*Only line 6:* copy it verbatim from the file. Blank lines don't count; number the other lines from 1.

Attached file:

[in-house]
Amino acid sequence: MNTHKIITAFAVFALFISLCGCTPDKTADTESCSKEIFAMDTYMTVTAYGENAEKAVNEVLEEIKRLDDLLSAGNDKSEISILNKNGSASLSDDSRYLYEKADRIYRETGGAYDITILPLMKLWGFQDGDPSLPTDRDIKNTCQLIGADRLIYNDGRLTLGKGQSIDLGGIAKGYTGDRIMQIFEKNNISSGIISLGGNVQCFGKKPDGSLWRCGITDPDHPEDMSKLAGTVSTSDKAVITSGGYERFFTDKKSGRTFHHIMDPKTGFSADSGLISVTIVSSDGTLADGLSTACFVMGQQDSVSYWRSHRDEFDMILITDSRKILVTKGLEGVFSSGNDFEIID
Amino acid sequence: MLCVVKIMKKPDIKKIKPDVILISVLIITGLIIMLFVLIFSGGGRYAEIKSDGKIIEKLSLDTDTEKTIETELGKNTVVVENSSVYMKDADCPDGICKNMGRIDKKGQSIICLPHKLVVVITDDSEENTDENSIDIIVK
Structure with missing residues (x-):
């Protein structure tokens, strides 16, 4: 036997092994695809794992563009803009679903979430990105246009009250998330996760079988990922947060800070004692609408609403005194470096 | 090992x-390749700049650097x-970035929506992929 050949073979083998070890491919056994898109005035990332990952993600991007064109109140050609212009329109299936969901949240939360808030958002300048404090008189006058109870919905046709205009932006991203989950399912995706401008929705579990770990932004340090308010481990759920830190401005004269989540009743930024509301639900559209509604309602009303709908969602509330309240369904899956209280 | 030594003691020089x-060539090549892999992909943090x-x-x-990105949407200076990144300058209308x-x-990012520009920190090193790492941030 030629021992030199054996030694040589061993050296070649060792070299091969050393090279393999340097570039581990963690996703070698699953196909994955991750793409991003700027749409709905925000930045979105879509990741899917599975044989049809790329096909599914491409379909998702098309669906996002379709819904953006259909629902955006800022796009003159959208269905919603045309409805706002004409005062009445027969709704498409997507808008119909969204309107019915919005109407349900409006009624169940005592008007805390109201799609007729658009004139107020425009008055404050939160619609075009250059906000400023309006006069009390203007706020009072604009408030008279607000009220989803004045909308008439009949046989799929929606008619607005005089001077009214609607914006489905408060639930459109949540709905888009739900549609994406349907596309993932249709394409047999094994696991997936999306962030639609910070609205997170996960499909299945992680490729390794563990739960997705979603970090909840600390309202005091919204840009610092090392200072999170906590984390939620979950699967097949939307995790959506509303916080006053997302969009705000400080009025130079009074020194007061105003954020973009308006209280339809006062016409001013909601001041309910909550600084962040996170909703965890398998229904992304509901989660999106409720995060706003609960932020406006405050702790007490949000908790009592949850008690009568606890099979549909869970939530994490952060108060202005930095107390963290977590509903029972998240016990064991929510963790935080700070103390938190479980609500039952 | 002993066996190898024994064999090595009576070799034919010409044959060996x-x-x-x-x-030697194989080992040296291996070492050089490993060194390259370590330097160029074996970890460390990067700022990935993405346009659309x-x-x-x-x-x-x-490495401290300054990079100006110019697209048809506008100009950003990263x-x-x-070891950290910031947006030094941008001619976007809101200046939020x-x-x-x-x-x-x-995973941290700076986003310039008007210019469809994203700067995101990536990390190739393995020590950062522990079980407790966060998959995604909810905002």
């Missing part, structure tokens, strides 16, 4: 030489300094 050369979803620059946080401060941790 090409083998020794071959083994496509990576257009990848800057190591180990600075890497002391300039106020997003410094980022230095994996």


């Missing part, structure tokens, strides 16, 4: 030489300094 050369979803620059946080401060941790 090409083998020794071959083994496509990576257009990848800057190591180990600075890497002391300039106020997003410094980022230095994996």